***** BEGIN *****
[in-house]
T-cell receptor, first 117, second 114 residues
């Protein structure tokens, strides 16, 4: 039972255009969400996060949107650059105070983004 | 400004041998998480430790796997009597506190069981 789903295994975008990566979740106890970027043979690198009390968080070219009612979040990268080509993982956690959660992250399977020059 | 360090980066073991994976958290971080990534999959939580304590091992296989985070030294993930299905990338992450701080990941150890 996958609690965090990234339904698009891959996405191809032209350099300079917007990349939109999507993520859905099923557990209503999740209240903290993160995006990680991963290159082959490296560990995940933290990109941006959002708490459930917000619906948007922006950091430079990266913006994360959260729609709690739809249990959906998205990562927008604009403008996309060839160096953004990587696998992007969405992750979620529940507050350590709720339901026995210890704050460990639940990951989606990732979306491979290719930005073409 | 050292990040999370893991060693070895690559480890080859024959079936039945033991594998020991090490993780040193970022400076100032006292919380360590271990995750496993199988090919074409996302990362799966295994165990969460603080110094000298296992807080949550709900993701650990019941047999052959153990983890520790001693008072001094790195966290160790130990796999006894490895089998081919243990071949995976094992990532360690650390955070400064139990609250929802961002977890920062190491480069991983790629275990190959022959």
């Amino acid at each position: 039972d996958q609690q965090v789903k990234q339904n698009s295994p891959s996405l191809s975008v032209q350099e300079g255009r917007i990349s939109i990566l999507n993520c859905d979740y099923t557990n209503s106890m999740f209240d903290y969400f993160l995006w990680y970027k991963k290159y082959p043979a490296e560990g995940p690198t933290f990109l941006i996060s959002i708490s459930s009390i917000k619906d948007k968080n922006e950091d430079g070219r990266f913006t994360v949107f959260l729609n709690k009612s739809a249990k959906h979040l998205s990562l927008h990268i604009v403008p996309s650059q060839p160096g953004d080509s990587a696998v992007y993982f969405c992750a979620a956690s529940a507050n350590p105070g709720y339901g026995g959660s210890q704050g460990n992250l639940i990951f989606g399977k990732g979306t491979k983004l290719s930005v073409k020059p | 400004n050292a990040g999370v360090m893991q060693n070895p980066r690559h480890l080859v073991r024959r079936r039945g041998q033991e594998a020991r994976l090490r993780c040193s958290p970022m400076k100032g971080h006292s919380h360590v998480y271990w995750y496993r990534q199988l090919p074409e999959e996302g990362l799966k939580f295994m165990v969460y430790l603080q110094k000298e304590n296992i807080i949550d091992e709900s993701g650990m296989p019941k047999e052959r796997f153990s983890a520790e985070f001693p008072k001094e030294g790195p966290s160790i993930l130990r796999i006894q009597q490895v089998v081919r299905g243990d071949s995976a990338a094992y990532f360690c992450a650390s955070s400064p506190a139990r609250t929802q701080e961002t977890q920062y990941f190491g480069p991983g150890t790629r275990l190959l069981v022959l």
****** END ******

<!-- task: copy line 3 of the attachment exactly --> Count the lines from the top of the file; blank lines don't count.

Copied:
């Protein structure tokens, strides 16, 4: 039972255009969400996060949107650059105070983004 | 400004041998998480430790796997009597506190069981 789903295994975008990566979740106890970027043979690198009390968080070219009612979040990268080509993982956690959660992250399977020059 | 360090980066073991994976958290971080990534999959939580304590091992296989985070030294993930299905990338992450701080990941150890 996958609690965090990234339904698009891959996405191809032209350099300079917007990349939109999507993520859905099923557990209503999740209240903290993160995006990680991963290159082959490296560990995940933290990109941006959002708490459930917000619906948007922006950091430079990266913006994360959260729609709690739809249990959906998205990562927008604009403008996309060839160096953004990587696998992007969405992750979620529940507050350590709720339901026995210890704050460990639940990951989606990732979306491979290719930005073409 | 050292990040999370893991060693070895690559480890080859024959079936039945033991594998020991090490993780040193970022400076100032006292919380360590271990995750496993199988090919074409996302990362799966295994165990969460603080110094000298296992807080949550709900993701650990019941047999052959153990983890520790001693008072001094790195966290160790130990796999006894490895089998081919243990071949995976094992990532360690650390955070400064139990609250929802961002977890920062190491480069991983790629275990190959022959």